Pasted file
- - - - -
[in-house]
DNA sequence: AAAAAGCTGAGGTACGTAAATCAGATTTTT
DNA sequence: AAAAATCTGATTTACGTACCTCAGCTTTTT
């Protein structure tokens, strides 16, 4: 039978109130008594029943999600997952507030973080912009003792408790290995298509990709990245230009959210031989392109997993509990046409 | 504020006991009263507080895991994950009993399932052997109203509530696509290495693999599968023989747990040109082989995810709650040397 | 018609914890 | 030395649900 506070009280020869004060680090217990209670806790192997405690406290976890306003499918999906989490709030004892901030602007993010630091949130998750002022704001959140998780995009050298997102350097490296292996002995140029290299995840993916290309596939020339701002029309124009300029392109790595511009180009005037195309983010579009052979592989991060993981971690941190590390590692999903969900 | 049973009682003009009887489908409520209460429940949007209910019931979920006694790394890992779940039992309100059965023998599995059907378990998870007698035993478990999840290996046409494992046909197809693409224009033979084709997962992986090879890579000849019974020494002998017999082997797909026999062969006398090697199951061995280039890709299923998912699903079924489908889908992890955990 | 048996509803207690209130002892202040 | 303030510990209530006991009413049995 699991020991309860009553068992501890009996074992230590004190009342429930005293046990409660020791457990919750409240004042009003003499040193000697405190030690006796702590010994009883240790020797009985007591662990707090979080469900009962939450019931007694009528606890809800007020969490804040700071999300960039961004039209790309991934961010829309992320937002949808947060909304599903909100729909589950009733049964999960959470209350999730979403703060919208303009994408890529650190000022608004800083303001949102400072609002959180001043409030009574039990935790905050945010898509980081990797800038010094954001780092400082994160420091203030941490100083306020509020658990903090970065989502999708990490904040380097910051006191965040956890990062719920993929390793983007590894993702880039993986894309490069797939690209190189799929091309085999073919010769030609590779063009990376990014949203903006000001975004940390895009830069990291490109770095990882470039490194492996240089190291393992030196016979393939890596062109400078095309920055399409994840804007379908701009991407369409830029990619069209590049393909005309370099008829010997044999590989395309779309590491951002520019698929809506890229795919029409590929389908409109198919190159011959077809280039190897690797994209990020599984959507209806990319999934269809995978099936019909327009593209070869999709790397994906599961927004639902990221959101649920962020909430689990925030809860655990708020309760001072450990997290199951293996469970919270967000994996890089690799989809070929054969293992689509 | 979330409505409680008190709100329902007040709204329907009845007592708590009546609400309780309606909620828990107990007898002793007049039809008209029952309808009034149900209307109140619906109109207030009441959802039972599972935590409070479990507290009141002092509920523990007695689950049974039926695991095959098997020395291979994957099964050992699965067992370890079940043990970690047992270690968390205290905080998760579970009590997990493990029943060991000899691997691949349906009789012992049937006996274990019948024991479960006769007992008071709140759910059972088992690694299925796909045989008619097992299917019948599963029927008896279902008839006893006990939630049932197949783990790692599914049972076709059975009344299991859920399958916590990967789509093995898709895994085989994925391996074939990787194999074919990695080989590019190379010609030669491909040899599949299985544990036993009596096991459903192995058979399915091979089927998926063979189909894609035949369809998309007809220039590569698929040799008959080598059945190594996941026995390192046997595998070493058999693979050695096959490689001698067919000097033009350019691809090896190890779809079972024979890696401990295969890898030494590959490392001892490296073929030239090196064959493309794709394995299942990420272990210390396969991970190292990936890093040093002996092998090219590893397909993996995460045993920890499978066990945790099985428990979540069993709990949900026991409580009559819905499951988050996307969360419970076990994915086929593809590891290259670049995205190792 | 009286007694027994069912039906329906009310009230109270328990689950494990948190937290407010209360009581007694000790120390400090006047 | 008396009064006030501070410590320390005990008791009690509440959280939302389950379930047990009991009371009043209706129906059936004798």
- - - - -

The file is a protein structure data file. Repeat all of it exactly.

[in-house]
DNA sequence: AAAAAGCTGAGGTACGTAAATCAGATTTTT
DNA sequence: AAAAATCTGATTTACGTACCTCAGCTTTTT
């Protein structure tokens, strides 16, 4: 039978109130008594029943999600997952507030973080912009003792408790290995298509990709990245230009959210031989392109997993509990046409 | 504020006991009263507080895991994950009993399932052997109203509530696509290495693999599968023989747990040109082989995810709650040397 | 018609914890 | 030395649900 506070009280020869004060680090217990209670806790192997405690406290976890306003499918999906989490709030004892901030602007993010630091949130998750002022704001959140998780995009050298997102350097490296292996002995140029290299995840993916290309596939020339701002029309124009300029392109790595511009180009005037195309983010579009052979592989991060993981971690941190590390590692999903969900 | 049973009682003009009887489908409520209460429940949007209910019931979920006694790394890992779940039992309100059965023998599995059907378990998870007698035993478990999840290996046409494992046909197809693409224009033979084709997962992986090879890579000849019974020494002998017999082997797909026999062969006398090697199951061995280039890709299923998912699903079924489908889908992890955990 | 048996509803207690209130002892202040 | 303030510990209530006991009413049995 699991020991309860009553068992501890009996074992230590004190009342429930005293046990409660020791457990919750409240004042009003003499040193000697405190030690006796702590010994009883240790020797009985007591662990707090979080469900009962939450019931007694009528606890809800007020969490804040700071999300960039961004039209790309991934961010829309992320937002949808947060909304599903909100729909589950009733049964999960959470209350999730979403703060919208303009994408890529650190000022608004800083303001949102400072609002959180001043409030009574039990935790905050945010898509980081990797800038010094954001780092400082994160420091203030941490100083306020509020658990903090970065989502999708990490904040380097910051006191965040956890990062719920993929390793983007590894993702880039993986894309490069797939690209190189799929091309085999073919010769030609590779063009990376990014949203903006000001975004940390895009830069990291490109770095990882470039490194492996240089190291393992030196016979393939890596062109400078095309920055399409994840804007379908701009991407369409830029990619069209590049393909005309370099008829010997044999590989395309779309590491951002520019698929809506890229795919029409590929389908409109198919190159011959077809280039190897690797994209990020599984959507209806990319999934269809995978099936019909327009593209070869999709790397994906599961927004639902990221959101649920962020909430689990925030809860655990708020309760001072450990997290199951293996469970919270967000994996890089690799989809070929054969293992689509 | 979330409505409680008190709100329902007040709204329907009845007592708590009546609400309780309606909620828990107990007898002793007049039809008209029952309808009034149900209307109140619906109109207030009441959802039972599972935590409070479990507290009141002092509920523990007695689950049974039926695991095959098997020395291979994957099964050992699965067992370890079940043990970690047992270690968390205290905080998760579970009590997990493990029943060991000899691997691949349906009789012992049937006996274990019948024991479960006769007992008071709140759910059972088992690694299925796909045989008619097992299917019948599963029927008896279902008839006893006990939630049932197949783990790692599914049972076709059975009344299991859920399958916590990967789509093995898709895994085989994925391996074939990787194999074919990695080989590019190379010609030669491909040899599949299985544990036993009596096991459903192995058979399915091979089927998926063979189909894609035949369809998309007809220039590569698929040799008959080598059945190594996941026995390192046997595998070493058999693979050695096959490689001698067919000097033009350019691809090896190890779809079972024979890696401990295969890898030494590959490392001892490296073929030239090196064959493309794709394995299942990420272990210390396969991970190292990936890093040093002996092998090219590893397909993996995460045993920890499978066990945790099985428990979540069993709990949900026991409580009559819905499951988050996307969360419970076990994915086929593809590891290259670049995205190792 | 009286007694027994069912039906329906009310009230109270328990689950494990948190937290407010209360009581007694000790120390400090006047 | 008396009064006030501070410590320390005990008791009690509440959280939302389950379930047990009991009371009043209706129906059936004798």